Simple things like doing grocery shopping and generally understanding the meaning of all of the background noise was a fast track lesson in getting out there and making real the life of deals, negroni sipping and cycling that I had imagined. Although often alone in a physical sense, I was part of a close-knit team of experts based across Europe. To get deals to the investment committee with considered and accurate inputs, the remote team had developed a strong and collaborative approach to get the job done, which I liked. Detail was critical and creativity with asset plans was crucial to producing the most compelling investment case possible.

Life was not conventional – I would often be travelling around Italy on the fantastic Frecciarossa trains covering 300km/h, visiting assets, inspecting properties and meeting Italians. When in Rome, I had to get around the City and learnt that public transport was frankly poor. I found a moped store and decided to take to the two wheeled hairdryer mode of transport, racing around the City, making me feel like a fully fledged Italian.

In my spare time I managed to meet lots of people and after a translation disaster, I accidently joined an Italian divorcee women’s cycle club. Although not as racy and aggressive as my usual rides, I quickly was integrated into the group, enjoying glasses of wine mid ride and getting involved with bizarre, lively middle -aged dinner parties. I also found time to head out alone up to Lake Como and tackle famous Italian climbs and generally get horribly lost and exhausted.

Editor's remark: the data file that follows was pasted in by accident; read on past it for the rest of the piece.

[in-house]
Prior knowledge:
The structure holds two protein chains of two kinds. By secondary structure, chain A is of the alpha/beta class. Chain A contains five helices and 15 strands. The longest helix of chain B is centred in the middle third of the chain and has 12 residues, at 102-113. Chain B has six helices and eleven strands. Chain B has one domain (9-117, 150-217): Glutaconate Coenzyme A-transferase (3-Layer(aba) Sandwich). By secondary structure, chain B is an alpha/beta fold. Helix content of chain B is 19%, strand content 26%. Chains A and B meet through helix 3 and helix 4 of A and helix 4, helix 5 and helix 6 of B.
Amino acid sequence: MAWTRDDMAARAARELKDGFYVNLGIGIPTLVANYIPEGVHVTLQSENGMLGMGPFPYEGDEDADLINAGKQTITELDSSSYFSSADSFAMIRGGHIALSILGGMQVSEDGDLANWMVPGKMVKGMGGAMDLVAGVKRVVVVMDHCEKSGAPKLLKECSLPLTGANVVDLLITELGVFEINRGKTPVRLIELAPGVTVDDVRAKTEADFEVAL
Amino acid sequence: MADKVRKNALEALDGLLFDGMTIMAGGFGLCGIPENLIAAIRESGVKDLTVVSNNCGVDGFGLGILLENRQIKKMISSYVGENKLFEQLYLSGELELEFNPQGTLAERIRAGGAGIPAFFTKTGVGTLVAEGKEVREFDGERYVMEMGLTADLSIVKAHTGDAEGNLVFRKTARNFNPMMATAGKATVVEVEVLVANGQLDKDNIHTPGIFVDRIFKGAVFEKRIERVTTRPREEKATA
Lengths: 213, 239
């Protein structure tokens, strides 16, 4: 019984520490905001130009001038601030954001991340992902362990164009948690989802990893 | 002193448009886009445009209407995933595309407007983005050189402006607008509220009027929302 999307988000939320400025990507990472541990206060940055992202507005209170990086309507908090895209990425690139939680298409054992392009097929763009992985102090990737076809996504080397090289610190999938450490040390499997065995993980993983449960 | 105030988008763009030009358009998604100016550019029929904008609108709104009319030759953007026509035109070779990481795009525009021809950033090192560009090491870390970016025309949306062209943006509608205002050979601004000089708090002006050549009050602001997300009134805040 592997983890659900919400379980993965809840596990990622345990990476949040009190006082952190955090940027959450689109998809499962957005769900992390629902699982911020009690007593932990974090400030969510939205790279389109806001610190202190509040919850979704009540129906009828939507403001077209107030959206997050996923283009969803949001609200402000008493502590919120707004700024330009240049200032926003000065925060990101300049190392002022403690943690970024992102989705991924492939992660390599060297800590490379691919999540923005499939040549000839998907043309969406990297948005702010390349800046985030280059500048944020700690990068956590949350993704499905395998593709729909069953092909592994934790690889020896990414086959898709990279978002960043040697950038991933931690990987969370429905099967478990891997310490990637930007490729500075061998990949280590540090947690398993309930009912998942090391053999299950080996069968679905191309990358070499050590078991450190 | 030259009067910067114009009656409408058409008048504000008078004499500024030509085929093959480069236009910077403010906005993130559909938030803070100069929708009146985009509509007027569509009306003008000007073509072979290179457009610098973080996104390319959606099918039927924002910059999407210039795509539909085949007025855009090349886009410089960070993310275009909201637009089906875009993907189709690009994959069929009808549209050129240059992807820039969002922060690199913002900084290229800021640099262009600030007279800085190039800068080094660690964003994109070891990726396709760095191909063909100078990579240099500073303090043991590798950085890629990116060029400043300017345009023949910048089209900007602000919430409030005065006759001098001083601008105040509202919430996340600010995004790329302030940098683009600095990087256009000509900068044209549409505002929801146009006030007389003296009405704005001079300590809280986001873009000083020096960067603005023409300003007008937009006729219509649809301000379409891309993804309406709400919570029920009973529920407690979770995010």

JackHainingMilan3Summing things up…
It’s not particularly common to move internationally whilst a graduate but put simply, the business we do is becoming increasingly international. Whether it be our sources of finance, investors, JV partners or even our colleagues, the work Grosvenor undertakes around the world is vast. Interestingly, there are common principles Grosvenor employees apply across the world, while of course approaches and cultures have significant differences. It’s important that local offices are empowered to reflect those local differences with flexibility to pinpoint opportunities and execute most effectively. This is something Grosvenor balances well. A one size fits all model won’t work internationally.

I am incredibly grateful that Grosvenor offered me the opportunity to experience an international placement early on in my career. Having worked at Grosvenor for a year and a half, it is fair to say everyone has developed some form of reputation and I felt fortunate to have developed a strong professional network. When making the move abroad, I found myself starting from scratch, and suddenly it was once again all about first impressions and building professional trust and reputation, which at first was daunting, but in the end hugely rewarding.

The experience on the graduate programme has been fantastic and I could never have imagined the breadth of work and responsibility that I would have been given. The experience was all the better as a result of the people, the coffee and the country in general. Thanks Italy!

If you would like to be profiled, or share your own experiences please contact or call 0118 378 4197.